Using syslog for your php applications

Linux, and other unices have an excellent system to centralize log events. This is done through syslog. This system removes the need for every application ...

How To Configure Virtual Memory Swap File on a VPS

This article will cover the pros and cons of using virtual memory or a swap file (paging), determining if your droplet already uses virtual memory or paging, the differences between a swap partition and a swap file, information on how to create a swap

Solving a Pound HTTPS Redirect Issue

I recently had a problem where a Magento store would infinitely redirect, from TLD to sub-domain (i.e. non-www to www). The server was configured behind a reverse proxy, which was handled by Pound (acting as a load balancer and SSL wrapper). Pound is great for handling hand-overs between a caching proxy and application servers, in addition to load balancing multiple servers and wrapping SSL connections to the client.

Filed under Servers

PHP 5.6 alpha

How to install/setup latest version of PHP 5.5 on Debian Wheezy 7.0/7.1

API Callback URLs and HTTP Authentication

When developing web applications that use APIs, it is usually necessary to have the development site accessible for API callback URLs. A good example would be when working with payment gateway systems, which typically post back success or failure of transactions. In this event it is convenient to use HTTP authorisation to prevent outside access (users, crawlers, etc.). The issue with this is that API systems don’t always work with the http://[user]@[password]:[url] method of manually passing through this authentication method.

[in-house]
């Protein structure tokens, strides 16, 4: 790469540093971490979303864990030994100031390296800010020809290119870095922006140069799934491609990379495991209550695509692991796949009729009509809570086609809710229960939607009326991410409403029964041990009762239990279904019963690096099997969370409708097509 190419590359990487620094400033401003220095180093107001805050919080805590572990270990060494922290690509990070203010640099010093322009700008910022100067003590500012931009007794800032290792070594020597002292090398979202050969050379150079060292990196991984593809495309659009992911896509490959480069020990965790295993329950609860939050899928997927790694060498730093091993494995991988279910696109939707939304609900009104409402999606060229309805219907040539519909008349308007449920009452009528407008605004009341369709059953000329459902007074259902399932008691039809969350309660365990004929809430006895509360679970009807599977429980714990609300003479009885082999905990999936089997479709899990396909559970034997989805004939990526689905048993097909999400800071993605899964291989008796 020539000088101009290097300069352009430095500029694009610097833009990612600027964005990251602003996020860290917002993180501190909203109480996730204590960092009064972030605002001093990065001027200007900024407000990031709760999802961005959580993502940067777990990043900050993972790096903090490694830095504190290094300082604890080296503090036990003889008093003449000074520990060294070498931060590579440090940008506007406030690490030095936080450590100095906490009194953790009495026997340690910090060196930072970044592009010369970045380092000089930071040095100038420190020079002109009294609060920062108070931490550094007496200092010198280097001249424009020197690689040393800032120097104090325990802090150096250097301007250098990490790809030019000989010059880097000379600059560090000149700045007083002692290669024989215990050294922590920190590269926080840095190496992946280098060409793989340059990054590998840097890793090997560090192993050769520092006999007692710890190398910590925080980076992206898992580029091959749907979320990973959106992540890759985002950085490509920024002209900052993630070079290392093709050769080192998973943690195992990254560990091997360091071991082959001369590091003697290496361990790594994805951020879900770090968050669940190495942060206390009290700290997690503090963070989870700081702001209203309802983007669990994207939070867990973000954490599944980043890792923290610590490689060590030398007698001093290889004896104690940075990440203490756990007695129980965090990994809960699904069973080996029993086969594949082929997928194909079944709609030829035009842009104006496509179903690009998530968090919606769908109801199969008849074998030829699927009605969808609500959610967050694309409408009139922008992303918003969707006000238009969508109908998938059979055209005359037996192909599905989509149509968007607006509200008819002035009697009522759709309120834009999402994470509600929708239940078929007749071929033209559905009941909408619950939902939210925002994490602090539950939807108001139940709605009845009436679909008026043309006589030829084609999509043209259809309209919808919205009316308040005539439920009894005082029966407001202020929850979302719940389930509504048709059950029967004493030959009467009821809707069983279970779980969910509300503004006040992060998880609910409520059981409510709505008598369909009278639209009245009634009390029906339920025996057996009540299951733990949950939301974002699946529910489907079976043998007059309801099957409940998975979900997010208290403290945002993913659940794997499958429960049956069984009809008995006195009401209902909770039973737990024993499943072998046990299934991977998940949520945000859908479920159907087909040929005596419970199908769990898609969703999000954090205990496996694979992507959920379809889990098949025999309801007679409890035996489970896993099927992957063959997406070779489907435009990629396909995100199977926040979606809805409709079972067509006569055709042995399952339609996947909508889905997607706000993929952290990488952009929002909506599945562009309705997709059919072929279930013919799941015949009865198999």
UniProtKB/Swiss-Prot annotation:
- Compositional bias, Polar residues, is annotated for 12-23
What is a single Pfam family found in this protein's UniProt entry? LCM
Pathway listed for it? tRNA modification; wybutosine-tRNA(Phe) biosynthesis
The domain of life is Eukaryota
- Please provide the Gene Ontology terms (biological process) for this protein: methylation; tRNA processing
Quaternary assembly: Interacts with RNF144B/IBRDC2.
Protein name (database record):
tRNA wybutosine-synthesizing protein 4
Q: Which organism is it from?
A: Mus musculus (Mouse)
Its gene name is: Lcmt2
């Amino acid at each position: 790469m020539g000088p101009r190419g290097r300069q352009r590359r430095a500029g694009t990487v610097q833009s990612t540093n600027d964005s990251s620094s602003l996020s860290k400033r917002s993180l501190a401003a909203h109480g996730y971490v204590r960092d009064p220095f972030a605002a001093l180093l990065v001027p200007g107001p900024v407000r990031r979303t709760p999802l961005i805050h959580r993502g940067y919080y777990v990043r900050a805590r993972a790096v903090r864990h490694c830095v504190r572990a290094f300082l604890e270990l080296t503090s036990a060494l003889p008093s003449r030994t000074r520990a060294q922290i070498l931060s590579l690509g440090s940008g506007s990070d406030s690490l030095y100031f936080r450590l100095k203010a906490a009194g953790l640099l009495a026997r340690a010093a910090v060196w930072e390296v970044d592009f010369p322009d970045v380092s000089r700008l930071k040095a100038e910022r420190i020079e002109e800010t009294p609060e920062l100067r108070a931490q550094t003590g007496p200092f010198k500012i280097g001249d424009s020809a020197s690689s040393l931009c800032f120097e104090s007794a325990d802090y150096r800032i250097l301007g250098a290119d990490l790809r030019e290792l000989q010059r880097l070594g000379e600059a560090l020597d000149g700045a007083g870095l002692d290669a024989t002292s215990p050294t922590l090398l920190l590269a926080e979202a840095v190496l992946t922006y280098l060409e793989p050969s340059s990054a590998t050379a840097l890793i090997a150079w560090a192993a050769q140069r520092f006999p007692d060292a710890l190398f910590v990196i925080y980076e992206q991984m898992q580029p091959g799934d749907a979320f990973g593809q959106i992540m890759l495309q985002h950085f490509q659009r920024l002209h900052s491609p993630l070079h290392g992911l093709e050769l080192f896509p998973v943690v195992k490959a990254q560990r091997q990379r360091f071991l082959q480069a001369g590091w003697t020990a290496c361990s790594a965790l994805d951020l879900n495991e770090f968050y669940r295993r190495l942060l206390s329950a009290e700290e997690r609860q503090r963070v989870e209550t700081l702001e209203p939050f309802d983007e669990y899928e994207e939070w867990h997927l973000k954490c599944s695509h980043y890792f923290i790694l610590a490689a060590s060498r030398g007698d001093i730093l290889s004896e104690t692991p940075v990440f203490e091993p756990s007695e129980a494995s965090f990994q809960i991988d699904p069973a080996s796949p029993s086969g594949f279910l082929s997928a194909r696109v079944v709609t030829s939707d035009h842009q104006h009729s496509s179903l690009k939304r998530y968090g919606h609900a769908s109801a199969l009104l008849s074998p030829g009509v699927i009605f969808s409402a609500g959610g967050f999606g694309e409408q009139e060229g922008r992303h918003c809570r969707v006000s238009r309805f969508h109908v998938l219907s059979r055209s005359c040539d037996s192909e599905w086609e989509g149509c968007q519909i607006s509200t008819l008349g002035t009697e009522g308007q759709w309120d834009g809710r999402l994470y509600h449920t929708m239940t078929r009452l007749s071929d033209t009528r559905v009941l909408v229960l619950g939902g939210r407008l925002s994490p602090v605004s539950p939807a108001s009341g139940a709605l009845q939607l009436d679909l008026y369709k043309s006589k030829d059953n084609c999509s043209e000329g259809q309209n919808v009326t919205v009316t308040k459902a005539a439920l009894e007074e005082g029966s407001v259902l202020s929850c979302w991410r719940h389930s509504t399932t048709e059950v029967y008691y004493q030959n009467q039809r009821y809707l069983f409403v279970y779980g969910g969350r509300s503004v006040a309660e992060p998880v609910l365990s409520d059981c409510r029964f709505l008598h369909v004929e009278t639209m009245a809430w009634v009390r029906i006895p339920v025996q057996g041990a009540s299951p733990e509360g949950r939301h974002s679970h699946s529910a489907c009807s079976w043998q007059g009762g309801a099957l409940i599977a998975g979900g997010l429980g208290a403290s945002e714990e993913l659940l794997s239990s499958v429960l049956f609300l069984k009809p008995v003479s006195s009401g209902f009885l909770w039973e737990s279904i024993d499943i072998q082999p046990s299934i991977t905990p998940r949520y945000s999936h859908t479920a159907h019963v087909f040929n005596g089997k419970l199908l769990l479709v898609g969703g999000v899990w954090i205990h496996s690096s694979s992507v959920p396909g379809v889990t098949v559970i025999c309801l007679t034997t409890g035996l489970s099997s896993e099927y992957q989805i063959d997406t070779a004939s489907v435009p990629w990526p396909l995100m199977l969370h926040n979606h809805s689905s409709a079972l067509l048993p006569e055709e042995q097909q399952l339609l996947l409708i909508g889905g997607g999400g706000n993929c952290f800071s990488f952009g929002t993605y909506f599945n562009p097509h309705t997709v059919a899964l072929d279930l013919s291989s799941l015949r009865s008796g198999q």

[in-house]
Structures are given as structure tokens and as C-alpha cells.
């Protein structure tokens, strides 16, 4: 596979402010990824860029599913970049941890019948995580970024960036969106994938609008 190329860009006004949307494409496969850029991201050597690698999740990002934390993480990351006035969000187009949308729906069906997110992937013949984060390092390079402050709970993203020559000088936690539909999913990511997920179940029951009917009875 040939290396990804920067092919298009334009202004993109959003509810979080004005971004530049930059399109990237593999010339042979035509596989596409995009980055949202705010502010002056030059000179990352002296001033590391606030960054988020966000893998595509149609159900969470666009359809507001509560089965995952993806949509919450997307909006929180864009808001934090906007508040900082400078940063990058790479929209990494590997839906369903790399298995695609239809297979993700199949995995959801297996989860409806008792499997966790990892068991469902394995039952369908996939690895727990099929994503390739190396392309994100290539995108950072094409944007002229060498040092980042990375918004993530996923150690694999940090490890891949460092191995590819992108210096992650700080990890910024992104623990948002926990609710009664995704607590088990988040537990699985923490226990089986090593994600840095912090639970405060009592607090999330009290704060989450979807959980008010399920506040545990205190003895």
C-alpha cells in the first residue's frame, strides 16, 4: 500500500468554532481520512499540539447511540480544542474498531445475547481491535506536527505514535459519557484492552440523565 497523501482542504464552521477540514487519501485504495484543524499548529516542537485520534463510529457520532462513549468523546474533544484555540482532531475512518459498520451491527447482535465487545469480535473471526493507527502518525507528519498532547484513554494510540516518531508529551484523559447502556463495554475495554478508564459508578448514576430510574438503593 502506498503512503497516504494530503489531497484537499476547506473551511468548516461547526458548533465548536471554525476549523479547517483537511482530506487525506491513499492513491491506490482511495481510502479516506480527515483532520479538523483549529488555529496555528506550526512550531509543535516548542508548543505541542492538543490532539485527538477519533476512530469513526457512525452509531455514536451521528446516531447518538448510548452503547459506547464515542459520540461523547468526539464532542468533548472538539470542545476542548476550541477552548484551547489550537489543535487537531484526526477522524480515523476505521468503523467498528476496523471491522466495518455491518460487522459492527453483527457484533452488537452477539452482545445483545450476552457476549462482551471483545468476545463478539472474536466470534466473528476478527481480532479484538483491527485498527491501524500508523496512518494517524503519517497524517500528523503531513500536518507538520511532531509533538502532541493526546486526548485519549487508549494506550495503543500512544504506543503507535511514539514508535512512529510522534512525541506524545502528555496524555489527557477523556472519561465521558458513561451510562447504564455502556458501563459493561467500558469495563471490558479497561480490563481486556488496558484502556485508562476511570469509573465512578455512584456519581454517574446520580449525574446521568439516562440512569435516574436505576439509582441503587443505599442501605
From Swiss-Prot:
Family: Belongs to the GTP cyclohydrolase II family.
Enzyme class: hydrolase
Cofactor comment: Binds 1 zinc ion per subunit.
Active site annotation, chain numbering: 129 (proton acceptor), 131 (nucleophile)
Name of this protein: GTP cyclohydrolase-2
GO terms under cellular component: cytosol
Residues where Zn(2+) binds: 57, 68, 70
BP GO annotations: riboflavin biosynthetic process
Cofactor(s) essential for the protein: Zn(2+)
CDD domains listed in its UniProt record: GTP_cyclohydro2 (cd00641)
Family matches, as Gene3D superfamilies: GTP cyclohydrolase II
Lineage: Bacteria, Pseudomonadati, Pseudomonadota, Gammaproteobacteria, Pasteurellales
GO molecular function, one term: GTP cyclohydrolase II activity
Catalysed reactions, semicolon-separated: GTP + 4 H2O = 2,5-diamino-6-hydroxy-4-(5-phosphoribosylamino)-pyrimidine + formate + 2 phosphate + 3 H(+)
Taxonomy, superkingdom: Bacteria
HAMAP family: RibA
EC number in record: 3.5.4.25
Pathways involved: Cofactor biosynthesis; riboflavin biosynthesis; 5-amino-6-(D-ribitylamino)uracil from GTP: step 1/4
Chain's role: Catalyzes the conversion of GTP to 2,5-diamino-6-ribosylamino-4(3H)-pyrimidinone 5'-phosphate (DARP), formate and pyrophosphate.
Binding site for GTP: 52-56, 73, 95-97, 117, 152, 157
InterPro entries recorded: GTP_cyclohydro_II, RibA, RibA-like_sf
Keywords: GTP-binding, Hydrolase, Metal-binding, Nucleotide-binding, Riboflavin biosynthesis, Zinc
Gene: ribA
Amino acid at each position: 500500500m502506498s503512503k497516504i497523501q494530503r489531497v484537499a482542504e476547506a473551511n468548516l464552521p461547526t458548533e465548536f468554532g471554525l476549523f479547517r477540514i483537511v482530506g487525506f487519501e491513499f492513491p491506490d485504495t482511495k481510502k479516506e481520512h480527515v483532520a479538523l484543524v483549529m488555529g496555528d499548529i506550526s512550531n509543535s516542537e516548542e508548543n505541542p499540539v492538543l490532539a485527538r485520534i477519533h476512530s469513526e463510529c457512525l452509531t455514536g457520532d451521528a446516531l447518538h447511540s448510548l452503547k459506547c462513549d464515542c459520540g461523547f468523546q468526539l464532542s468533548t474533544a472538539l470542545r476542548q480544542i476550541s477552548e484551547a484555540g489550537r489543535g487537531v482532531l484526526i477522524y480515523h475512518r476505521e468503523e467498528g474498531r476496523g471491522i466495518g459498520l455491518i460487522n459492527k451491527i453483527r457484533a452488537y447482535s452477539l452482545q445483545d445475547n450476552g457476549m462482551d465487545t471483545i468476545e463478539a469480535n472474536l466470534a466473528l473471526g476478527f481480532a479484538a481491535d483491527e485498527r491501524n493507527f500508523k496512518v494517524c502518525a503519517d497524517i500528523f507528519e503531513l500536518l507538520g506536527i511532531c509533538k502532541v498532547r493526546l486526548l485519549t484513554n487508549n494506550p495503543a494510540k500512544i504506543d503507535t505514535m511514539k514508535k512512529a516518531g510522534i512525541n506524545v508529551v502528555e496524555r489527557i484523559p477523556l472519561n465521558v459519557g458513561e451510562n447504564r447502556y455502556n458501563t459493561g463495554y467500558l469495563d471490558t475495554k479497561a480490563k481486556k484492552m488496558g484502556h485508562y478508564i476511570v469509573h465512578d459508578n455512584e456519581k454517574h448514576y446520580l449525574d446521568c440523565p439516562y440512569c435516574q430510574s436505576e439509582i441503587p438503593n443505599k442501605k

Filed under Development, Snippets

Installing XHProf on Debian Squeeze

I was working on a project which was randomly failing to load certain views outside the development environment. It turns out that the system was running out of memory. After searching some of the error messages output by the script, I stumbled upon the xhprof PHP module. It was originally created by Facebook, and released under an open source license.

Filed under Servers, Snippets

Disabling Apache Server Signature

I have been trying to disable the server signature for a while, but I found that turning off the ServerSignature directive didn’t work for all servers. The signature might read something like:

Apache/2.2.X (Ubuntu) mod_ssl/2.X.X OpenSSL/0.X.X

If your server exposes this information, it’s easier for an attacker to compromise a system based on flaws in a particular server software version (especially if your server software is allowed to become outdated, or your distribution is slow to release security updates). By default, it will display this on error pages in plain text, and also present it as a Server header on every request.

To disable completely, you should set the following directives in your Apache configuration:

ServerSignature Off
ServerTokens Prod

via Nixtechnica

Filed under Snippets